Wednesday, August 1, 2012

about that marathon...

funny how the desires of ones heart can so drastically change in a 6 month time frame.

exactly 6 months ago i eagerly followed the lead of my husband pulling the trigger for the Chicago marathon 2012. maybe it was all the excitement from meeting abdi or the fact that MY HUBBY WAS RUNNING A MARATHON, either way i had no shame about spending that $150 on myself. until now.

truthfully i've never really liked the marathon. at first thought it always sounds like a great adventure to me, just me and the open road coasting along for hours. but as it becomes my reality, it somehow looses a bit of it's luster on me. not really sure why, but it has held an inevitable doom over me for mary's 2 through 6. two years ago i sent myself into a mental tizzy with the pressure i was putting on myself as i spent the thirty minutes pre race in tears. yikes, for sure a low point in my life. and than there's last year, i was a mentally charged powerhouse but my body begun to break down in the taper weeks before the race and completely derailed after mile 15. that really sucked.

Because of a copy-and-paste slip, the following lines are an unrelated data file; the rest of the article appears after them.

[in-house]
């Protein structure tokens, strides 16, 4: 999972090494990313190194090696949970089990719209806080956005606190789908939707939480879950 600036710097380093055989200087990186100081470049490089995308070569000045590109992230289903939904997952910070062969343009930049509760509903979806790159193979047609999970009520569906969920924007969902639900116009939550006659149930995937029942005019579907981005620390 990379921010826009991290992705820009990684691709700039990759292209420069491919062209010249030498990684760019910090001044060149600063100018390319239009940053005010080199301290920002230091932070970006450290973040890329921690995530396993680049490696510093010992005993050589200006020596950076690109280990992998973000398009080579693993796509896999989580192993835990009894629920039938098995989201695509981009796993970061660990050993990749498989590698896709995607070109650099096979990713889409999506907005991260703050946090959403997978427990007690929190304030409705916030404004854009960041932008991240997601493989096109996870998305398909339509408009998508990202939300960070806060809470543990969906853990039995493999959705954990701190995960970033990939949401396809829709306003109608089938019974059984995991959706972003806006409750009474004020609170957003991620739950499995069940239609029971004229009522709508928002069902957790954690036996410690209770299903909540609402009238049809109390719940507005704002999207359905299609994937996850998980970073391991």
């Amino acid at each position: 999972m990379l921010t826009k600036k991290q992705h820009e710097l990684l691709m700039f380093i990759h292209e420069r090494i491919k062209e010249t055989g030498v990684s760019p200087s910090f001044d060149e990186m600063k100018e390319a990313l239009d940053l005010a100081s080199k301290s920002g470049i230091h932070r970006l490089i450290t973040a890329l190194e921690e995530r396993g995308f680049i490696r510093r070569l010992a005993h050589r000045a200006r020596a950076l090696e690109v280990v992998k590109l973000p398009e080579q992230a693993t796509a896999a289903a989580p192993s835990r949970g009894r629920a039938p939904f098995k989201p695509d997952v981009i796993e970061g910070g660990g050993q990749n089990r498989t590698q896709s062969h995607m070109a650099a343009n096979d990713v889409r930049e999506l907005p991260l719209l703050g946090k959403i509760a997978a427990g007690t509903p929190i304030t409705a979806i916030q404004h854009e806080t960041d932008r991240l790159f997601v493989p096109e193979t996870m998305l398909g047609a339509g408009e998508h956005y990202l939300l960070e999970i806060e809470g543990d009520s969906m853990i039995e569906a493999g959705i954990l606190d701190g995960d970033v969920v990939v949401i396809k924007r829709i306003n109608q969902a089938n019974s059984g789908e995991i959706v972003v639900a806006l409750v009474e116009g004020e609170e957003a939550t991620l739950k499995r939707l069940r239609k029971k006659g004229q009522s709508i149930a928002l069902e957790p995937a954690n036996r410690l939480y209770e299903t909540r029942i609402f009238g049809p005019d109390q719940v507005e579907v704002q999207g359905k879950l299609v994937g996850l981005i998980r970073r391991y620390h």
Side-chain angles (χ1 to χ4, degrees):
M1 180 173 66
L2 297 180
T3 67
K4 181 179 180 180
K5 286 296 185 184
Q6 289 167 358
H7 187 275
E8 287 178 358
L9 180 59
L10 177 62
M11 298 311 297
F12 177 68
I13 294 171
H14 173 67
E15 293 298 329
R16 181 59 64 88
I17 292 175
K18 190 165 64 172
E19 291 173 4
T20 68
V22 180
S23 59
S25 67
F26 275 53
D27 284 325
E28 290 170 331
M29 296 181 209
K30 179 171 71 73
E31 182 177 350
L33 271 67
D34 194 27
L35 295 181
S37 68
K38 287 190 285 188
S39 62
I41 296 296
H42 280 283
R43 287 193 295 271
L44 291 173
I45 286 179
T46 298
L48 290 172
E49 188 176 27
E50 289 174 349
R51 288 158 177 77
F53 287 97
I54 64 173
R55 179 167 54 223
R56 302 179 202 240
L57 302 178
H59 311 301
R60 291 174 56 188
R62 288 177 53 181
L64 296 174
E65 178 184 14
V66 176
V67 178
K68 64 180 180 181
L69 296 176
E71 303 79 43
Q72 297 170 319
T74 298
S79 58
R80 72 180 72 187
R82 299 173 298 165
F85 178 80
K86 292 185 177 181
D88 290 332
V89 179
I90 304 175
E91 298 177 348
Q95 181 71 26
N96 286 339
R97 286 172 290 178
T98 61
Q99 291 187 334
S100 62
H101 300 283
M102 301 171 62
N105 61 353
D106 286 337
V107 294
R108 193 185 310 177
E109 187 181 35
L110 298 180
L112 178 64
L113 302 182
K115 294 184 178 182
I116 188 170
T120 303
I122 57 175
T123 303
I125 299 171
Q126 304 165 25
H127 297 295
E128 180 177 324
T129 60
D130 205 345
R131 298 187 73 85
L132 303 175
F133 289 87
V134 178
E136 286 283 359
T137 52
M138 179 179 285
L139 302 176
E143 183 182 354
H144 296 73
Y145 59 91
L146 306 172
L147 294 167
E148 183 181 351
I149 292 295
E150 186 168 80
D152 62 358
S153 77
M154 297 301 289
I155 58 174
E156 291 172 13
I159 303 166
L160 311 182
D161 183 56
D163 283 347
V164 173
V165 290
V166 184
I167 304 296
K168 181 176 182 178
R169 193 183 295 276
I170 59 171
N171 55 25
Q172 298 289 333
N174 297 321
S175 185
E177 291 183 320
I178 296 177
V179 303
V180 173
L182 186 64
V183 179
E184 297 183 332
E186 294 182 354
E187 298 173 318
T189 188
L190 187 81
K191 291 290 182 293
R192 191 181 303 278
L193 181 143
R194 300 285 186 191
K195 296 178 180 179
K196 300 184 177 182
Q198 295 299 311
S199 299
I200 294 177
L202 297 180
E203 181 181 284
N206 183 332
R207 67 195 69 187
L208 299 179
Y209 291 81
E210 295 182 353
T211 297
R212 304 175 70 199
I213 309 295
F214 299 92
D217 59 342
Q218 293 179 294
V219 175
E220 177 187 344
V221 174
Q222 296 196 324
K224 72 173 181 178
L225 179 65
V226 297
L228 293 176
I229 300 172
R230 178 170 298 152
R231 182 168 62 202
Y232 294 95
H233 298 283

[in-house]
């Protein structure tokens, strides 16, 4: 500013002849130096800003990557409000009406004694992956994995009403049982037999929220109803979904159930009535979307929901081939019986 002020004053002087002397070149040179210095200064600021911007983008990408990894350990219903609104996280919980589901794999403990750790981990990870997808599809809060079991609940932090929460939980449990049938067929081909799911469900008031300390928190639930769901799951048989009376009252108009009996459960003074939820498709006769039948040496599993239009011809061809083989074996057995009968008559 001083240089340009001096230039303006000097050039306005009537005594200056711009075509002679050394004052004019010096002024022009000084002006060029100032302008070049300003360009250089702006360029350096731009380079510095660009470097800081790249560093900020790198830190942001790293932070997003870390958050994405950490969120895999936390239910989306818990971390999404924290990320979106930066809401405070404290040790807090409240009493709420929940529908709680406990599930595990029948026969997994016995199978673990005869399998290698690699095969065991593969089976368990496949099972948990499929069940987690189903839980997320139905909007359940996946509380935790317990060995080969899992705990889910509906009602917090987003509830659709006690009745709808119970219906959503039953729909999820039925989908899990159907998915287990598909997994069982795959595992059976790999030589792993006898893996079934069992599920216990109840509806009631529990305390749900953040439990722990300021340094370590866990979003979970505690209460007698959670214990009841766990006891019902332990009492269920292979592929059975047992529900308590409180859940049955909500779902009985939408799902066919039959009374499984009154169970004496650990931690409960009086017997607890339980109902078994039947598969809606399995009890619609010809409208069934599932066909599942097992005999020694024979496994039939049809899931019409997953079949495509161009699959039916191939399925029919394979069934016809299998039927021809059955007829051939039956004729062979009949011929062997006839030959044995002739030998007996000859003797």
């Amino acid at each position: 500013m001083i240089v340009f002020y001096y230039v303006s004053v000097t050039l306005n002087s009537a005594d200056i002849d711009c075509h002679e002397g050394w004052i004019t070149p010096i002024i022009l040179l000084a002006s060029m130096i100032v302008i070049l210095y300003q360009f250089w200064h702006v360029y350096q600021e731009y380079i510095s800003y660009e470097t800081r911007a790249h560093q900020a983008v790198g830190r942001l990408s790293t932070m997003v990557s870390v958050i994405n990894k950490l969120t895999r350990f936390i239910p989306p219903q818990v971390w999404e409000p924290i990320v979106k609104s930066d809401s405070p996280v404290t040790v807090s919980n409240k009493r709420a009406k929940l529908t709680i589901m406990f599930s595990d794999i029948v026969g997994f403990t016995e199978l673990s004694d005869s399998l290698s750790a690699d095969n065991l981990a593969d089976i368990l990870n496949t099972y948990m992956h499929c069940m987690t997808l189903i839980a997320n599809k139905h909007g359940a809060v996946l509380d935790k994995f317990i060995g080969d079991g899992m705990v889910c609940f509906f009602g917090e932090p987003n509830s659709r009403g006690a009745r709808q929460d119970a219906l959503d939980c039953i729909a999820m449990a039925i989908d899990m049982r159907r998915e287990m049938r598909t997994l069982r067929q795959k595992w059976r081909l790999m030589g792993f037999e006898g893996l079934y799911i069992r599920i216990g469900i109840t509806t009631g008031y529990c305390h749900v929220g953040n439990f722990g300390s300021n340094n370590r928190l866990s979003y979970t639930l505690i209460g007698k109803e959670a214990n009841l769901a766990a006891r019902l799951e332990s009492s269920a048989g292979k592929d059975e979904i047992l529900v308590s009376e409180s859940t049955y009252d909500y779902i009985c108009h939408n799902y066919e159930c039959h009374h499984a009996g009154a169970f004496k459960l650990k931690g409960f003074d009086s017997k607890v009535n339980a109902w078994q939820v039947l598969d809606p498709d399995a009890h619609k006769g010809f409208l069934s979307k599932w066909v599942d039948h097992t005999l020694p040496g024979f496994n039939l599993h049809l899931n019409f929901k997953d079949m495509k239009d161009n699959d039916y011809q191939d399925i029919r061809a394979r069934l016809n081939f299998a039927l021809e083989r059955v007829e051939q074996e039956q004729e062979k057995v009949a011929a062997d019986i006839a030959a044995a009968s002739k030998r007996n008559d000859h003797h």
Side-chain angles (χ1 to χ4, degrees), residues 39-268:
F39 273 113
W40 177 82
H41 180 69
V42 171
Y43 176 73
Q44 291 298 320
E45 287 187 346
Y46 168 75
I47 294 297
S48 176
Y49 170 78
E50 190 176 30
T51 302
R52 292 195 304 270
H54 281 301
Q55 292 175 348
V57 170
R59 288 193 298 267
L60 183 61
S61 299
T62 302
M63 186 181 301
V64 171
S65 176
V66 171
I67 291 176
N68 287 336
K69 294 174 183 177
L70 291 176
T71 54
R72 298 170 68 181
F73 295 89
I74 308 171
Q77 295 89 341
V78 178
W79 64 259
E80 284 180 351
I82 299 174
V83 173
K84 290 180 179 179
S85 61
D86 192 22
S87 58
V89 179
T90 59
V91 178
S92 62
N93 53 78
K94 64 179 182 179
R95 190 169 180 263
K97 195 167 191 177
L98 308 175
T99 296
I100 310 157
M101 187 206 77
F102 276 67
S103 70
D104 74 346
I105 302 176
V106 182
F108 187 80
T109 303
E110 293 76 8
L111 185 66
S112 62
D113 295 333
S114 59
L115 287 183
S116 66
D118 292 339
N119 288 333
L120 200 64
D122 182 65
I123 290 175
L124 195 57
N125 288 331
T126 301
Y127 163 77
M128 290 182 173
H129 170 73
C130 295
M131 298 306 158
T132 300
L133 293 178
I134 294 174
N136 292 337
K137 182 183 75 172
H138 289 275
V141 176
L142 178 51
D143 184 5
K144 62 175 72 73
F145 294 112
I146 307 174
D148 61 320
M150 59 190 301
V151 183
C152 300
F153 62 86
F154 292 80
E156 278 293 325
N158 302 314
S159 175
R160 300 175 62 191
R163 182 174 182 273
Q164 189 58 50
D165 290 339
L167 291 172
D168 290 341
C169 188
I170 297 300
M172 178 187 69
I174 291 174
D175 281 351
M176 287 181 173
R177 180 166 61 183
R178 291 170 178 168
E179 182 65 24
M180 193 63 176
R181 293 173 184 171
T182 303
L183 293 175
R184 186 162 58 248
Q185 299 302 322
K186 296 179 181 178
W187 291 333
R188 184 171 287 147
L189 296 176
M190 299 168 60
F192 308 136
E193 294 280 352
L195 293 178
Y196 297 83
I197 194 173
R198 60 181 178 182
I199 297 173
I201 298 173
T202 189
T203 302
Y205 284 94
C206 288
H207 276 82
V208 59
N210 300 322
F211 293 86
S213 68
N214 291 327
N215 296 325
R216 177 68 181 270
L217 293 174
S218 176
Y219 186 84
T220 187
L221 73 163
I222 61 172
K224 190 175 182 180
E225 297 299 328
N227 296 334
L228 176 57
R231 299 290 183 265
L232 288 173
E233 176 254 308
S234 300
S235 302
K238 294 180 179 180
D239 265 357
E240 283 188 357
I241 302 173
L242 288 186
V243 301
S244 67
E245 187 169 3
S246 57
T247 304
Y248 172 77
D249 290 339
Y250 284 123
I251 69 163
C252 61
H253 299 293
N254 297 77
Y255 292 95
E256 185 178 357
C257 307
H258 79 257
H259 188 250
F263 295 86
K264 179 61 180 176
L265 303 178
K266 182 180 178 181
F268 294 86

but for some dang reason i keep signing up for this distance. never learn i suppose.

being realistic here, i think that the marathon and i need a bit of a break. nothing permanent, just a bit of space to figure things out and explore our options. i mean there are a lot of other races out there, and i think we would be both limiting ourselves if we focused solely on each other instead of prospecting other opportunities.